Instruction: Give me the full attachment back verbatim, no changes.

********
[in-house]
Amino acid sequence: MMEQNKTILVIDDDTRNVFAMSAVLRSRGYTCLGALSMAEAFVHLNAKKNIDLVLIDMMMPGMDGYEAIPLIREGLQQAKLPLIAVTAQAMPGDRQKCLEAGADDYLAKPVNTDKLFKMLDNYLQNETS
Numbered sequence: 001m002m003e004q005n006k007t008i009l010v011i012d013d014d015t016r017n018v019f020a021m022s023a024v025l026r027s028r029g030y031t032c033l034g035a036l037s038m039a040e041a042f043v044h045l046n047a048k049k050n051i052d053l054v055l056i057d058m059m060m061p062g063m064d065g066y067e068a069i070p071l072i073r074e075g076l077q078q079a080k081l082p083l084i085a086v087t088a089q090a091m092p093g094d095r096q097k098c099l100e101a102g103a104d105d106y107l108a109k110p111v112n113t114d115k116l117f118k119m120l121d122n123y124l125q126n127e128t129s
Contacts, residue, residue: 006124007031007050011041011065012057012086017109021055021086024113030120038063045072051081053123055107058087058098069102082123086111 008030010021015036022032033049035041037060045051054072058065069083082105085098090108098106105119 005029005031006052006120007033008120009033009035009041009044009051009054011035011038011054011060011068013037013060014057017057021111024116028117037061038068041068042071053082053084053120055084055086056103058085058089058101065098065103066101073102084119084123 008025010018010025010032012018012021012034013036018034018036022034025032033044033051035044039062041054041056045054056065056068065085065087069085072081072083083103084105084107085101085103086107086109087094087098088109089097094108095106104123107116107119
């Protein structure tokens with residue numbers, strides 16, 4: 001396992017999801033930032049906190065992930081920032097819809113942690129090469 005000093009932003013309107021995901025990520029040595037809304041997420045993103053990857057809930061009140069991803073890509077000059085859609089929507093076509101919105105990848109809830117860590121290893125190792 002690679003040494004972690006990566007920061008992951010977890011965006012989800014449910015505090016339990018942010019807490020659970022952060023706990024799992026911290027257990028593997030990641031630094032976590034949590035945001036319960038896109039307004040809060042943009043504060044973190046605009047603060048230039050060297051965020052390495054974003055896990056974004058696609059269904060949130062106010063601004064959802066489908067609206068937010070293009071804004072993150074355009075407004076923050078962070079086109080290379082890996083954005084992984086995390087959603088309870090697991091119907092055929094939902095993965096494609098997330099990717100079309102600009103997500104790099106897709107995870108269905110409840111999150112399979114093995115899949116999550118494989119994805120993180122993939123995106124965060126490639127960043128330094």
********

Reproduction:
[in-house]
Amino acid sequence: MMEQNKTILVIDDDTRNVFAMSAVLRSRGYTCLGALSMAEAFVHLNAKKNIDLVLIDMMMPGMDGYEAIPLIREGLQQAKLPLIAVTAQAMPGDRQKCLEAGADDYLAKPVNTDKLFKMLDNYLQNETS
Numbered sequence: 001m002m003e004q005n006k007t008i009l010v011i012d013d014d015t016r017n018v019f020a021m022s023a024v025l026r027s028r029g030y031t032c033l034g035a036l037s038m039a040e041a042f043v044h045l046n047a048k049k050n051i052d053l054v055l056i057d058m059m060m061p062g063m064d065g066y067e068a069i070p071l072i073r074e075g076l077q078q079a080k081l082p083l084i085a086v087t088a089q090a091m092p093g094d095r096q097k098c099l100e101a102g103a104d105d106y107l108a109k110p111v112n113t114d115k116l117f118k119m120l121d122n123y124l125q126n127e128t129s
Contacts, residue, residue: 006124007031007050011041011065012057012086017109021055021086024113030120038063045072051081053123055107058087058098069102082123086111 008030010021015036022032033049035041037060045051054072058065069083082105085098090108098106105119 005029005031006052006120007033008120009033009035009041009044009051009054011035011038011054011060011068013037013060014057017057021111024116028117037061038068041068042071053082053084053120055084055086056103058085058089058101065098065103066101073102084119084123 008025010018010025010032012018012021012034013036018034018036022034025032033044033051035044039062041054041056045054056065056068065085065087069085072081072083083103084105084107085101085103086107086109087094087098088109089097094108095106104123107116107119
């Protein structure tokens with residue numbers, strides 16, 4: 001396992017999801033930032049906190065992930081920032097819809113942690129090469 005000093009932003013309107021995901025990520029040595037809304041997420045993103053990857057809930061009140069991803073890509077000059085859609089929507093076509101919105105990848109809830117860590121290893125190792 002690679003040494004972690006990566007920061008992951010977890011965006012989800014449910015505090016339990018942010019807490020659970022952060023706990024799992026911290027257990028593997030990641031630094032976590034949590035945001036319960038896109039307004040809060042943009043504060044973190046605009047603060048230039050060297051965020052390495054974003055896990056974004058696609059269904060949130062106010063601004064959802066489908067609206068937010070293009071804004072993150074355009075407004076923050078962070079086109080290379082890996083954005084992984086995390087959603088309870090697991091119907092055929094939902095993965096494609098997330099990717100079309102600009103997500104790099106897709107995870108269905110409840111999150112399979114093995115899949116999550118494989119994805120993180122993939123995106124965060126490639127960043128330094």